By: Erin Nuckols, Sustainable Building Associate
At the Association for Preservation Trades / Preservation Trades Network joint conference in Charleston, South Carolina, I attended a session under the auspice of “Sustainable Preservation.” Little did I know, I had stumbled upon one of the most interesting case studies to date for environmental and cultural stewardship – Duke Farms.
|Orchid Range at Duke Farms|
This lesser known historic site rests quietly in Hillsborough, New Jersey. Through their commitment as a center for land stewardship and sustainability, Duke Farms invites visitors to enjoy and learn about the natural environment while also appreciating the cultural value of the estate. Established in 1893, the farmstead quickly grew to over 2,000 acres and became one of the most magnificent estates the world had seen. Several of the original structures exist on the site today, two of which are in full-working condition and utilized by the Doris Duke Charitable Foundation to educate visitors.
Renovations began on the two structures in 2008. Housed in the Farm Barn (c.1906), the Orientation Center invites visitors to explore the history and ecology of the estate through interactive displays and exhibits. The Orientation Center features a small café with healthy food options and Eco-kits for visitors that contain binoculars, a compass, a note pad and pencil, and a field guide for identifying plants and animals. While the Orchid Range (c.1903), provides a tour of a Coastal Plain garden and an orchid display. Adjacent to the Farm Barn is a constructed wetlands waste water system. The Farm Barn and other structures on the site are powered by a 640-kilowatt ground mounted solar array. Restoration of the structures was environmentally conscious. The Farm Barn achieved LEED Platinum and the Orchid Range is under review for LEED Platinum, both in New Construction.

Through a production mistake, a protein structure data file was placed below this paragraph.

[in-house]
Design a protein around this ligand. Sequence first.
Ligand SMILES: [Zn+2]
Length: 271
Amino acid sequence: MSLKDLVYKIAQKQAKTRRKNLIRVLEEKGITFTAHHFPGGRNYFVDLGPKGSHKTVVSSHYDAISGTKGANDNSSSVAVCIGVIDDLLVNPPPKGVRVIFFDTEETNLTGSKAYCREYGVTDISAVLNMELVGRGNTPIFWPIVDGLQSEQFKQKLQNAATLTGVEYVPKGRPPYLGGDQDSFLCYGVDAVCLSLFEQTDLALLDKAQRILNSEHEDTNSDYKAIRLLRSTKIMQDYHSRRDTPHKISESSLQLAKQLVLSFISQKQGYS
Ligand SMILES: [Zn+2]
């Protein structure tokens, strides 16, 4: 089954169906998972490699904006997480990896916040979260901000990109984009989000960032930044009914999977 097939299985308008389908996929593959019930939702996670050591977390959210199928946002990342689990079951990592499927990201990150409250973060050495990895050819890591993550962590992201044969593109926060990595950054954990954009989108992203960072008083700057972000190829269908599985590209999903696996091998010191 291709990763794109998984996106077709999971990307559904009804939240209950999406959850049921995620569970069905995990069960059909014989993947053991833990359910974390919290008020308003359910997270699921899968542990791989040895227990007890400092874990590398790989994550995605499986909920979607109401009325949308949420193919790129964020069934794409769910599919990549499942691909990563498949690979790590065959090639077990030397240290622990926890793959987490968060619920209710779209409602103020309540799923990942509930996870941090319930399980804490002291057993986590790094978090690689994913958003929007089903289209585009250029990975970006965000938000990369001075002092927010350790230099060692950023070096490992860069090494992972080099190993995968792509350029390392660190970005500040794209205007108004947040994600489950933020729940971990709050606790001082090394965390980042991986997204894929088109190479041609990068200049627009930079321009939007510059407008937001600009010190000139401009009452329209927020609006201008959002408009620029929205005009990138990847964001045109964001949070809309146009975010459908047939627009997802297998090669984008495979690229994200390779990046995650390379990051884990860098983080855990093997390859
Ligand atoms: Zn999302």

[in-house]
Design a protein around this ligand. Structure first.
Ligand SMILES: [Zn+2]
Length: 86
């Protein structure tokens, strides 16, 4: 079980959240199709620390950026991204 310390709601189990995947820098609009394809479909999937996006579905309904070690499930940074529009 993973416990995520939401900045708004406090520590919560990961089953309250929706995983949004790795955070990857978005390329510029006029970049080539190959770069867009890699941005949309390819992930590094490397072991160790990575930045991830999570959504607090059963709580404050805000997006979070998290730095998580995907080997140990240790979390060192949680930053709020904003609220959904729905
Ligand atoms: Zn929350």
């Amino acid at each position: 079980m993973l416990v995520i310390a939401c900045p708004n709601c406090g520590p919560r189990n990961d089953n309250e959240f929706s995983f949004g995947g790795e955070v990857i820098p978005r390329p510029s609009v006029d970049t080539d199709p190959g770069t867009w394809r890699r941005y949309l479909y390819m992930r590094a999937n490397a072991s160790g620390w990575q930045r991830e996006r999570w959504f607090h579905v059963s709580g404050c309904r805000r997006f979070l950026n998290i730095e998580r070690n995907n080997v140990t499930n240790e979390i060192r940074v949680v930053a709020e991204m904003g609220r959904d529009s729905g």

Duke Farms is free to the public along with provide a wide variety of educational opportunities for families, adults, and professionals. Ecological stewardship is an important concept on the farm. They believe in an active process that connects with the land through recognition of plant and animal communities, attention to soil and water use, and innovative planning and implementation of best management practices. The Green Initiatives that the farm focuses on are: Adaptive Reuse of Buildings, Renewable Energy, and Care of the Environment. The farm promotes research projects in environmental stewardship and has a community garden on site that allows members of the community to grow during the April to November growing season, encouraging organic and responsible agricultural methods.
I hope you get a chance to visit Duke Farms someday. Please continue to keep in mind the value of Integrated Design and Adaptive Reuse when considering your next project. A regenerative community is one that goes above and beyond the structure you are in – it is educational foundation that you depart with and the “pay it forward” mentality that matter greatly to shifting our paradigm.